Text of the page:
Clergy Coalition Appeals Court Decision Striking Down IRS Tax Allowance That Could Cost Churches $1B
A group of clergy are appealing a court decision that ruled an Internal Revenue Service provision exempting pastors from including their rental allowance in their reported gross income unconstitutional.
In April 2016, the Madison, Wisconsin-based Freedom From Religion Foundation filed a lawsuit against U.S. Treasury Department Secretary Jacob Lew and IRS Commissioner John Koskinen over the clergy housing allowance.
Represented by the Washington, D.C.-based Becket Fund, the clergy filed an appeal in the case of Gaylor v. Mnuchin on Thursday before the Seventh Circuit Court of Appeals.
According to Becket, if the repeal is upheld, churches nationwide could experience a $1 billion increase in taxation....
Talk about getting into the deep weeds! This is also a reminder of how complex taxes are. I wasn't aware of this lawsuit, nor did this article help clarify what is at stake. Right now, if the church owns not only their building but also a house nearby where the minister lives, they have to declare the value of renting the home as part of his salary, called 'housing allowance.' Right there it's complex, because how would they know what the rental income would be, unless they hire a real estate appraiser yearly to figure this out. Housing markets are different across the nation, so a church in Tampa might have a higher price than one in Oklahoma. Now, I know ministers can elect to not join the Social Security system, which is a good thing, if you consider the overall performance of the stock market over the past 70 or so years. Of course, if you read today's news and last week's drop, you might be a bit leery of doing that. Other experts use those famous financial words, "This time it's different" and say future rates of return in the market will be less than 5 percent, once you take out taxes on your profits and fees.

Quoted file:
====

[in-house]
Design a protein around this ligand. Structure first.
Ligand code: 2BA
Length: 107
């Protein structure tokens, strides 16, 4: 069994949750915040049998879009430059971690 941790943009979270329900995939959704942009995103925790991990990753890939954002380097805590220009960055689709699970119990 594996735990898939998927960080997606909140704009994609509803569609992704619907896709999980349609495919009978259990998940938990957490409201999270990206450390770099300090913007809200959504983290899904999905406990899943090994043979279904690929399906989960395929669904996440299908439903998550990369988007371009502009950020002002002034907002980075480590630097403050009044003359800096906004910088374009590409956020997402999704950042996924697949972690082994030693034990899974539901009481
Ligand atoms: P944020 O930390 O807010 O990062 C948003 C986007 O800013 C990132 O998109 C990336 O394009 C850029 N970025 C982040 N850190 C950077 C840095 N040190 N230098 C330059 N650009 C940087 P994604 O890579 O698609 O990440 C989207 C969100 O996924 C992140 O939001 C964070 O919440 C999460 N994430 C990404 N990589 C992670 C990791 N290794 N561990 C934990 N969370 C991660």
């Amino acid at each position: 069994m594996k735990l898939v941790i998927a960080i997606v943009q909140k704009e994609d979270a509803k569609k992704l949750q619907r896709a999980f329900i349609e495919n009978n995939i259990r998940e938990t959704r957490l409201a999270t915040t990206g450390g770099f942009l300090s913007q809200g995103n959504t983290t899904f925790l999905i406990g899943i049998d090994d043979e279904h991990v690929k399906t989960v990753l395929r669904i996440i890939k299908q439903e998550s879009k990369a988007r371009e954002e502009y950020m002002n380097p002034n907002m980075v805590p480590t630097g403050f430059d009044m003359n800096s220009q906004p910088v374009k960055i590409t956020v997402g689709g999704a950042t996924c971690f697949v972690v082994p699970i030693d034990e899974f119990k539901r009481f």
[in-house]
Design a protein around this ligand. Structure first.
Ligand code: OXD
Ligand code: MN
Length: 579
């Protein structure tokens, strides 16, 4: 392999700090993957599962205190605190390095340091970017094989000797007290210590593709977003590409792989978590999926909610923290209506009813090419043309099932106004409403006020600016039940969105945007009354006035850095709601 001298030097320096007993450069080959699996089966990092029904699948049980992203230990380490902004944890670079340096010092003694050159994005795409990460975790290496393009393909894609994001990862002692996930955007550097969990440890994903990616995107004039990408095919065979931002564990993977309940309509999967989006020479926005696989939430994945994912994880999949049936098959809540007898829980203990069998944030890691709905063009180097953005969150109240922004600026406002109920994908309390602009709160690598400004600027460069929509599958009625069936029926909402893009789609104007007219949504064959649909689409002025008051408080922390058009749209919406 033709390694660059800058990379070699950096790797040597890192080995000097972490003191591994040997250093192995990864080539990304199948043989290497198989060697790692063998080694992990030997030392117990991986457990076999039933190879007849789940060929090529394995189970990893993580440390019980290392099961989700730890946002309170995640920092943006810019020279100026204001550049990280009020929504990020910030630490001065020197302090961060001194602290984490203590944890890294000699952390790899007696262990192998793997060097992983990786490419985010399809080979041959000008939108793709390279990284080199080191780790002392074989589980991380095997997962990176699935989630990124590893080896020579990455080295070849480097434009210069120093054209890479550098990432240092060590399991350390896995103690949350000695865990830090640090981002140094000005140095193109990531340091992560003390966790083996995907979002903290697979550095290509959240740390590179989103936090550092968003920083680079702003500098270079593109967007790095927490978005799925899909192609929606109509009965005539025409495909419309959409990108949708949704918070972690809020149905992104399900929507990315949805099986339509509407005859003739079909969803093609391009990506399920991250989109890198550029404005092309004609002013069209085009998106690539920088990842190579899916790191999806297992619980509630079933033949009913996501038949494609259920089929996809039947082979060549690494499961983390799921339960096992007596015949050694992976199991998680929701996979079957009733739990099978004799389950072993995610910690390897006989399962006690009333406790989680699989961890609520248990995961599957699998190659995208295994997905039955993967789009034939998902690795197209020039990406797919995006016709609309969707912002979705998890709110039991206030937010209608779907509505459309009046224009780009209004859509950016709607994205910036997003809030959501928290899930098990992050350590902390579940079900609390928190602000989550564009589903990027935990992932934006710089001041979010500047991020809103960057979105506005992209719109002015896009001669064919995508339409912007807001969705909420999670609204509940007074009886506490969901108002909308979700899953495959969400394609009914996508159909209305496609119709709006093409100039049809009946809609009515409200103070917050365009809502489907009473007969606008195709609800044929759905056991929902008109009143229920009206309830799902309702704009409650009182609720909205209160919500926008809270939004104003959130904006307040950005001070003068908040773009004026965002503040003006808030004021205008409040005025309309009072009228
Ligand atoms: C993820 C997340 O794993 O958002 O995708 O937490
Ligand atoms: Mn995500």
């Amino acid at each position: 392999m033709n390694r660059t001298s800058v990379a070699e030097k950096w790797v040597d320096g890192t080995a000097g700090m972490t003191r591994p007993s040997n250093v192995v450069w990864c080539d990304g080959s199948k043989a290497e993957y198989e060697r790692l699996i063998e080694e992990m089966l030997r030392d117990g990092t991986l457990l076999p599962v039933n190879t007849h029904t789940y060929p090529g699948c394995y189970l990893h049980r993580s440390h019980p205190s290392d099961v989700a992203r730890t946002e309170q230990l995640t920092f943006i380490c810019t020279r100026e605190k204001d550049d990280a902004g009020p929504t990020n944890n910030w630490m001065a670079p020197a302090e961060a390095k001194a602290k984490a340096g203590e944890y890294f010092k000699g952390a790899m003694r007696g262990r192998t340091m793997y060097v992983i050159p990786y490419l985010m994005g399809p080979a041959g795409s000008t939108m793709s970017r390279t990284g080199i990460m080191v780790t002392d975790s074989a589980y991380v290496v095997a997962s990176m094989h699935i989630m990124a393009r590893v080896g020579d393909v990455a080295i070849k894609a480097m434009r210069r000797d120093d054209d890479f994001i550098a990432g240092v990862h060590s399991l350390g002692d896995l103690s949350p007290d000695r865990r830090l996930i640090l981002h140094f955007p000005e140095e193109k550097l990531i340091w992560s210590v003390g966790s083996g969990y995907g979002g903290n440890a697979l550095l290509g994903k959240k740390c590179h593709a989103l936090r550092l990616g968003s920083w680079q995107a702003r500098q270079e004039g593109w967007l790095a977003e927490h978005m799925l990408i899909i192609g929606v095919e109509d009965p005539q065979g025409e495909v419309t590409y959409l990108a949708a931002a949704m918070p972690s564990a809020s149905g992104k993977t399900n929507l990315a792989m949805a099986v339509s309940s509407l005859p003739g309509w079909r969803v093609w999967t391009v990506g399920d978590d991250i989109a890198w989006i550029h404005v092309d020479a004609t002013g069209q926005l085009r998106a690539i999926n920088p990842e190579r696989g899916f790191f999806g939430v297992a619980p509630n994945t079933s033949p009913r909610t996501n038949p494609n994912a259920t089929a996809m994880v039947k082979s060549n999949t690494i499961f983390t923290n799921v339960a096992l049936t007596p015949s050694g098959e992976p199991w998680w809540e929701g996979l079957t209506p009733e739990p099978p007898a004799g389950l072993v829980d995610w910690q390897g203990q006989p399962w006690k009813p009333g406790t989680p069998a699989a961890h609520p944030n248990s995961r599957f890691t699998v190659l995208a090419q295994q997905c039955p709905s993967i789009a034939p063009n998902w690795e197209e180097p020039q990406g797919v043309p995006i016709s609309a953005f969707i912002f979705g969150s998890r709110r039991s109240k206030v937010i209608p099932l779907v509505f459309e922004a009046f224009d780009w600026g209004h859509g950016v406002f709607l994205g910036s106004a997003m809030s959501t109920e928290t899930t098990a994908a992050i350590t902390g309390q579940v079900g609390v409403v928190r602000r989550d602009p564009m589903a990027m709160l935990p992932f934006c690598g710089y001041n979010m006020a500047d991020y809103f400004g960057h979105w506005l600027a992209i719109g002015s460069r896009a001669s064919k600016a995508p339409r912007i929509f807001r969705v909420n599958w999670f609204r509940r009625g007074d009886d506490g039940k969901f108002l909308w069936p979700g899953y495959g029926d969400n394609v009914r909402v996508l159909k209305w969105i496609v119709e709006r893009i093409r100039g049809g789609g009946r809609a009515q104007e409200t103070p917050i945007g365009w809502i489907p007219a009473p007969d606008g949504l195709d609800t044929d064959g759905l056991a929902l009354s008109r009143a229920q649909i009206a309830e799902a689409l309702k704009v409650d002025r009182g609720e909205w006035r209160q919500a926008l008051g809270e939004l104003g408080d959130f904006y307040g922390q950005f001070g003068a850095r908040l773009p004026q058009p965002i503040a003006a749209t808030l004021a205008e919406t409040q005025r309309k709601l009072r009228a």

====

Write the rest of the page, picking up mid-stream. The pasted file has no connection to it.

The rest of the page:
Peter J. Reilley wrote: FFRF is an atheist organization and you could view this lawsuit as just one more attack on religion in the public square like the suit about prayers at the school board meeting in Chino Valley, Calif or the one about a ten commandments monument in front of Valley High School in Pennsylvania. I think that view is mistaken. Lack of transparency in churches is a concern among people who are deeply religious.
The standards of the Evangelical Council on Financial Accountability require that member organizations provide audited financial statements on request. ECFA is concerned about the effect that financial shenanigans have on non-believers citing Paul's letter to the Corinthians which states "For we are taking pains go do what is right, not only in the eyes of the Lord but also in the eyes of men."...
Most charities are subject to some level of transparency, but not churches. That leaves it up to the members to demand transparency. If you meet resistance from the leadership, maybe you might consider that rather than a sheep who is being fed, you are one that is being shorn.